A composite measure of economic well-being. The GPI includes economic contributions of the family and the community and of the natural habitat and conventionally measured economic production. It considers more than 20 social and environmental factors and differentiates between economic transactions that add to well-being and those that diminish it, integrating these so the benefits of economic activity can be weighed against costs. Per capita gross domestic product (GDP) in the United States more than doubled from 1950 to 1999, but while the per capita GPI increased in 1950–1969, it declined by 45% in 1970–1999. The GPI reveals that much which economists consider economic growth measured by GDP is really fixing problems caused by earlier errors and social decay from the past, borrowing resources from the future, or shifting functions from the community and household realm to the monetized economy. The GPI suggests that the costs of the economic trajectory of the United States and similar nations have begun to outweigh the benefits. The GPI adjusts for factors such as income distribution, adds the value of household and volunteer work, and subtracts the costs of crime and pollution. Because the GDP and the GPI are both measured in monetary terms, they can be compared. GPI provides a more valid economic indicator than does gross national product (GNP) for studies of population health. For further details, see http://www.redefiningprogress.org/projects/gpi/.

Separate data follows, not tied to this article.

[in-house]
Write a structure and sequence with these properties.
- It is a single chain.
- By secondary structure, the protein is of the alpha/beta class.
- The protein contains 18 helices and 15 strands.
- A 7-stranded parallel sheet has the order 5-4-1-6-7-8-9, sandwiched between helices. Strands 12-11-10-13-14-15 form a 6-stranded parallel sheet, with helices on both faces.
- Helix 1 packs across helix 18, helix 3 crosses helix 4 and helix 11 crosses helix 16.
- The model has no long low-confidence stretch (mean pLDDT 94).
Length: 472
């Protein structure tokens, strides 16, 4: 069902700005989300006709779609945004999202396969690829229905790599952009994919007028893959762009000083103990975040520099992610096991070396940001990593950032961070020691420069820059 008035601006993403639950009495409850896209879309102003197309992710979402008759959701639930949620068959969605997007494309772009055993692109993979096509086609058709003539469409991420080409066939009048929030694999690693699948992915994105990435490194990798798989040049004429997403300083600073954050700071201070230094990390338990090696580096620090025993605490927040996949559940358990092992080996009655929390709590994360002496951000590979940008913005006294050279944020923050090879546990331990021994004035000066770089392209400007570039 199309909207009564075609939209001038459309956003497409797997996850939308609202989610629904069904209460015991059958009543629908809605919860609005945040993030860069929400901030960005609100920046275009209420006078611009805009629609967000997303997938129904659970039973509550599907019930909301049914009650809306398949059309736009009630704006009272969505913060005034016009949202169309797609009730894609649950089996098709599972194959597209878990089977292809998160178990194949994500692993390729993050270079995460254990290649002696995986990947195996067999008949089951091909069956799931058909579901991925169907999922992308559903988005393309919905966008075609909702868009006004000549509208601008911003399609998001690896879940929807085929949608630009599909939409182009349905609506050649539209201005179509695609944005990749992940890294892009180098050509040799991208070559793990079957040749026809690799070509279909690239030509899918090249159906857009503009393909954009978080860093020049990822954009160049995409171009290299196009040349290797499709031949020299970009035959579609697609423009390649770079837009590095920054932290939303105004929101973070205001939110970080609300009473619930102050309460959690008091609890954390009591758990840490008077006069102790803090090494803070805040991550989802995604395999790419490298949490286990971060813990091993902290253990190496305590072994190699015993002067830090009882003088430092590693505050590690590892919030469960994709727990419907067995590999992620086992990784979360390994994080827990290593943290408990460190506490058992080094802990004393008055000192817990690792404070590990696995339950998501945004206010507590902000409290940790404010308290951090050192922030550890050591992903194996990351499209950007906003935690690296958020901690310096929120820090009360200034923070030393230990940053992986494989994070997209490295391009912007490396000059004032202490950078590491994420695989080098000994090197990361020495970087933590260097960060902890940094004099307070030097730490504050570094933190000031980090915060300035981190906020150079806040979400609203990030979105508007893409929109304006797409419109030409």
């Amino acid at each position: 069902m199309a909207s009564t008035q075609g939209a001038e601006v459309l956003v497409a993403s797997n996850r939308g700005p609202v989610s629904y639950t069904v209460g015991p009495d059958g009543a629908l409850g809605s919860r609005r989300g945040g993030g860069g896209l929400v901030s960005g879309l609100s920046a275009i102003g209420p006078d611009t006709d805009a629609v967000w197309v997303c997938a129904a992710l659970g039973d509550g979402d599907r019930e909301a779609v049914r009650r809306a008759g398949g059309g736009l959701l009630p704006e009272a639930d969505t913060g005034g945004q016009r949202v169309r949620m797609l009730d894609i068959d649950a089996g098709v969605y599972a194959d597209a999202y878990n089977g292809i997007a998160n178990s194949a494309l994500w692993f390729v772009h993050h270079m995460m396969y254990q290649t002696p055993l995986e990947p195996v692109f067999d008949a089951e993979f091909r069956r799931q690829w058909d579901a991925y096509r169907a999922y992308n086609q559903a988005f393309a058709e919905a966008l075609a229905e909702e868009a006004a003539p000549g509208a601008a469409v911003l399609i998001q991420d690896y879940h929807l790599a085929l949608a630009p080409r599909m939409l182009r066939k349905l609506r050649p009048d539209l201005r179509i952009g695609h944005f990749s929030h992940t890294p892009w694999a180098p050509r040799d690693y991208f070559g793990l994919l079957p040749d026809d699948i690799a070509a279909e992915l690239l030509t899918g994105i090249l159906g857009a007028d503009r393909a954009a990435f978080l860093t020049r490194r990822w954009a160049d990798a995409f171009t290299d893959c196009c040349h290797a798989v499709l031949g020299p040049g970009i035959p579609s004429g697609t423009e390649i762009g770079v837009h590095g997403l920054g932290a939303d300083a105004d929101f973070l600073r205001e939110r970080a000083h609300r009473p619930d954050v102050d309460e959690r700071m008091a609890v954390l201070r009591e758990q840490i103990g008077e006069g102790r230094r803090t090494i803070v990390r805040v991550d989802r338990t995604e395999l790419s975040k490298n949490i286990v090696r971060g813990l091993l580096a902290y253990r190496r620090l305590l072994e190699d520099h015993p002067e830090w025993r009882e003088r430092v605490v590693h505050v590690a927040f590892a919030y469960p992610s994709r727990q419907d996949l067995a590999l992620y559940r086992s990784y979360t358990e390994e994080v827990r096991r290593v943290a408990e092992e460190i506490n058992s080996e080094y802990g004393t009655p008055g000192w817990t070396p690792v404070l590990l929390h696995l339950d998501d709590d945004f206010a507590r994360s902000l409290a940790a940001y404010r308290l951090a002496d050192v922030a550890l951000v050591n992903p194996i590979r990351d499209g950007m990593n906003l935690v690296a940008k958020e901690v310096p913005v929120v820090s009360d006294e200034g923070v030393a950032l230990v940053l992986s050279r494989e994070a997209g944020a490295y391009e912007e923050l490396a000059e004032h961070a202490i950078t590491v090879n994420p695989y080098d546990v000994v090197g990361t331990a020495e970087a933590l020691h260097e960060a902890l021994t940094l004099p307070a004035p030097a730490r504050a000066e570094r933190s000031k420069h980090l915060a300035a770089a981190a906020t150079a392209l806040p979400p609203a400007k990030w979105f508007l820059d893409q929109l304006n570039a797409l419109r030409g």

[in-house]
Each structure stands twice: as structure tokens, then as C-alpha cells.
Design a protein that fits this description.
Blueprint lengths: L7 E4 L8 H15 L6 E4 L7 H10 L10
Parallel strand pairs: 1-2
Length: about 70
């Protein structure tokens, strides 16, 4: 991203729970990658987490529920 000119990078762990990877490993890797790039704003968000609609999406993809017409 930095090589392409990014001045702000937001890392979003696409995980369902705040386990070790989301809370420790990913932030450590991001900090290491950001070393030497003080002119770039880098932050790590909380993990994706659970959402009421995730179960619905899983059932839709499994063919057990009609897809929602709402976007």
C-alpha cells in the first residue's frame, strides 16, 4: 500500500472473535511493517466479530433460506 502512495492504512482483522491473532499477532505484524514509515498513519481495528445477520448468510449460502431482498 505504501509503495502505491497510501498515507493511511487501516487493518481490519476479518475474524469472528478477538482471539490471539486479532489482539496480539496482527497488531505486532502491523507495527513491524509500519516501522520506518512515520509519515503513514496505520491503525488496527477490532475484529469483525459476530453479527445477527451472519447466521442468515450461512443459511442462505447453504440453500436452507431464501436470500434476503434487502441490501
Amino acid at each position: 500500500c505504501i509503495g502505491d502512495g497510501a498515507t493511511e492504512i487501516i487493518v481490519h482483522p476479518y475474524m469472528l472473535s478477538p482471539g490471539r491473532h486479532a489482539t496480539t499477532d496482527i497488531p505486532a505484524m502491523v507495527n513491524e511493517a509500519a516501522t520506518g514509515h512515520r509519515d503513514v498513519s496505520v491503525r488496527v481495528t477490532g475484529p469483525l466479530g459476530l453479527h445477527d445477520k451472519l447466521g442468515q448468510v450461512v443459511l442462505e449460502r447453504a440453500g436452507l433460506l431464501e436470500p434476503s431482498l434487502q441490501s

Subjects: Public Health and Epidemiology.